The Environmental Effects of Indigenous Smelting in the Southern Andes: A Look at the Source
Author(s): Mary Van Buren
Air pollution caused by pre-industrial metal production in the Andes has been reported by scholars using data collected from lake sediments and ice cores. An important source of this pollution, which consists primarily of lead dust, is Potosí, Bolivia, a mining center that produced large quantities of silver during the early colonial period and, perhaps, during prehispanic times as well. This paper examines the environmental effects of indigenous silver production by investigating the operation of huayrachinas, small furnaces that were used to smelt argentiferous ores in Potosí and the surrounding area. Two aspects of production are assessed using data collected during the observation of an individual who continued to use this technology into the 21st century: the quantity of charcoal employed in the smelt and the amount of lead that was incorporated into the charge. These variables relate directly to the effects of mineral production on the environment, namely deforestation and lead contamination of the air, water, and soil.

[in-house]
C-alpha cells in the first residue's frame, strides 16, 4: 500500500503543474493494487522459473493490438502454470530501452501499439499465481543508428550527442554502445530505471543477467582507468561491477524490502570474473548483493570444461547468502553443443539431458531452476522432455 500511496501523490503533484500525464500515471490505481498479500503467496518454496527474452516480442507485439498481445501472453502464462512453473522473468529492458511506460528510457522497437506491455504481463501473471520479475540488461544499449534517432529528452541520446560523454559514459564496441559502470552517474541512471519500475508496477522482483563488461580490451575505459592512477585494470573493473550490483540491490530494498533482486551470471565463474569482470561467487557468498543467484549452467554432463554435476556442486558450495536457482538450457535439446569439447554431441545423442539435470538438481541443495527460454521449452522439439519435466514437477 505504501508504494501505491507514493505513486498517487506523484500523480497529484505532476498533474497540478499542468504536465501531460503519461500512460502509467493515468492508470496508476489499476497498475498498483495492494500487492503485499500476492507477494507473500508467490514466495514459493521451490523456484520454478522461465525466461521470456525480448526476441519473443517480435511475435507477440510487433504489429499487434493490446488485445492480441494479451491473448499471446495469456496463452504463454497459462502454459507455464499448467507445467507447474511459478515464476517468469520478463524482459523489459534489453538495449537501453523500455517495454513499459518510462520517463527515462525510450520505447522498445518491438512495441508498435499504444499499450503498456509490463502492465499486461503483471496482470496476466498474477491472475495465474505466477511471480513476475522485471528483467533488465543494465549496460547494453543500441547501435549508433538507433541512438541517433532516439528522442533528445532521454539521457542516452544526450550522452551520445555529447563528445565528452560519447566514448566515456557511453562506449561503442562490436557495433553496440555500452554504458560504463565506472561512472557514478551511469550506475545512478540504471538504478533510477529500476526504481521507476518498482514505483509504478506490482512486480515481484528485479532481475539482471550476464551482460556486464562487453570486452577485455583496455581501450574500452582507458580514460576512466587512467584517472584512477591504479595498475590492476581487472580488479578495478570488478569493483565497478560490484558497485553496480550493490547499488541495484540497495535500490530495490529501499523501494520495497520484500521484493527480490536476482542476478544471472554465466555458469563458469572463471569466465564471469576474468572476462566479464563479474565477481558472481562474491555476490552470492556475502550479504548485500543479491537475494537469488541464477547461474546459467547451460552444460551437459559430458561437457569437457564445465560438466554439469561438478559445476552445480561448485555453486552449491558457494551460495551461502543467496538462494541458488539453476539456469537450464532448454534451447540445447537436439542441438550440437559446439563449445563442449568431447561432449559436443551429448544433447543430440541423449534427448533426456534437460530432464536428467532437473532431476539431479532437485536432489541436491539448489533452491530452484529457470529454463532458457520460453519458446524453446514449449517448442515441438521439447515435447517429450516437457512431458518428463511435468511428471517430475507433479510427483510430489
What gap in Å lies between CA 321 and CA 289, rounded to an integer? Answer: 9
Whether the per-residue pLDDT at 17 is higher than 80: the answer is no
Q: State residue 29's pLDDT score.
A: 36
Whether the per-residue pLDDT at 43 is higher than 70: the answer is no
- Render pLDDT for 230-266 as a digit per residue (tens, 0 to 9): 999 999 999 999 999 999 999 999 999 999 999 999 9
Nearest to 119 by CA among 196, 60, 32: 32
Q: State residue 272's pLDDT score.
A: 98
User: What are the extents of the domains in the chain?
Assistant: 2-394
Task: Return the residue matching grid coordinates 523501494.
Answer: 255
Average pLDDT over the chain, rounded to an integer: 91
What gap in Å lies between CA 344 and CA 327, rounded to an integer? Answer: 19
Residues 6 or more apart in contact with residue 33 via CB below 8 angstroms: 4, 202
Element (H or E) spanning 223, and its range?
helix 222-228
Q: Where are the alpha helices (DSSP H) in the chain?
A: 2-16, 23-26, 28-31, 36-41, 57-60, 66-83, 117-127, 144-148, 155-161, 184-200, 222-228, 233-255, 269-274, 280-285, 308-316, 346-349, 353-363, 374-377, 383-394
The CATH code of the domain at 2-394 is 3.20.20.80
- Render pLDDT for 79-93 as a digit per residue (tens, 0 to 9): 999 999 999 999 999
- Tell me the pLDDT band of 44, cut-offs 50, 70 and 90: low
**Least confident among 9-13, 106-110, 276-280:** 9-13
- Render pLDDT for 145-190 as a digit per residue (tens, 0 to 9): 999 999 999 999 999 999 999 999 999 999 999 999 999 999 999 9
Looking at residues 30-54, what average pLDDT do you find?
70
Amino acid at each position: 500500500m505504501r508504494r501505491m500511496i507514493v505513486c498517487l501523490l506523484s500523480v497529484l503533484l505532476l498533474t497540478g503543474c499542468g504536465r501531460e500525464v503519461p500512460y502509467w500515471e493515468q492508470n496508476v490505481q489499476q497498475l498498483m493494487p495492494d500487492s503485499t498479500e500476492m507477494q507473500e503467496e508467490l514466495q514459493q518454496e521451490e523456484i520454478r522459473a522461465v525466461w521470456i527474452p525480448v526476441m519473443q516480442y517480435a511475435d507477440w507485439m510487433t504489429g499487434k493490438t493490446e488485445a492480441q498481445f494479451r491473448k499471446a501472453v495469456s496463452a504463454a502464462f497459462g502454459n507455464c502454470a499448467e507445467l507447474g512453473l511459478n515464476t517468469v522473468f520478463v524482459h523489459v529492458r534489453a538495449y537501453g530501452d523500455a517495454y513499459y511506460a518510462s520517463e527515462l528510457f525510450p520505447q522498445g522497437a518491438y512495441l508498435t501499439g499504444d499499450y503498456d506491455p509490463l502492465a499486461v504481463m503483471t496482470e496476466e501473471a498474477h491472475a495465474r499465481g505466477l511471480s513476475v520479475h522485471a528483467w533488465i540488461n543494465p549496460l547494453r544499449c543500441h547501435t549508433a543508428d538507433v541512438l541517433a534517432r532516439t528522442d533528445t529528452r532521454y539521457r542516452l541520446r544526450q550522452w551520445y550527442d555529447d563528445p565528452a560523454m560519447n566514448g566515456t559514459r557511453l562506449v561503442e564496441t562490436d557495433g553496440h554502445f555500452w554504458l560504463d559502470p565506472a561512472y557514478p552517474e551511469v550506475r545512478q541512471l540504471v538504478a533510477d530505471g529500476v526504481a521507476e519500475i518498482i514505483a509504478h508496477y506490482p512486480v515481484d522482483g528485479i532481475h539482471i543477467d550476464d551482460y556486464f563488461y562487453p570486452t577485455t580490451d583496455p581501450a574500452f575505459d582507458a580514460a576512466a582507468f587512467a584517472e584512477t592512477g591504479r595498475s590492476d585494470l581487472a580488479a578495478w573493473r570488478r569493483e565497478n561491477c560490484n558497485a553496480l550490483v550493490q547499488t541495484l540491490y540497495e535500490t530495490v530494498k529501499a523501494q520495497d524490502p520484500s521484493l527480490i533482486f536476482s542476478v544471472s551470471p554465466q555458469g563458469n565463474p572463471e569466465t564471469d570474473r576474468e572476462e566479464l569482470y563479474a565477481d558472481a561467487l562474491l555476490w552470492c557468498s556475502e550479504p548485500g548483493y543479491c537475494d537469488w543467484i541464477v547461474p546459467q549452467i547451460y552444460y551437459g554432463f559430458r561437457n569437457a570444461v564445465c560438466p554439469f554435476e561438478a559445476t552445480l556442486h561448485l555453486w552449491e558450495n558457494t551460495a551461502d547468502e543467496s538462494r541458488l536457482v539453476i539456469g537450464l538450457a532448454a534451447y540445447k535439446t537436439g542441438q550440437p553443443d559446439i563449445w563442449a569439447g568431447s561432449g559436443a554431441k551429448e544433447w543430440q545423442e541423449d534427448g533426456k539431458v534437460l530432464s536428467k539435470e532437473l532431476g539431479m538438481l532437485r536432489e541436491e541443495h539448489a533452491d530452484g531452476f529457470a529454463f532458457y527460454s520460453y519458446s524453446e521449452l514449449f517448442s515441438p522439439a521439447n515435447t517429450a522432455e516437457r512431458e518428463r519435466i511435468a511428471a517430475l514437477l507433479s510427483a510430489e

Cite this Record
The Environmental Effects of Indigenous Smelting in the Southern Andes: A Look at the Source. Mary Van Buren. Presented at The 81st Annual Meeting of the Society for American Archaeology, Vancouver, British Columbia. 2017 ( tDAR id: 430181)
This Resource is Part of the Following Collections
min long: -93.691; min lat: -56.945 ; max long: -31.113; max lat: 18.48 ;
Abstract Id(s): 15937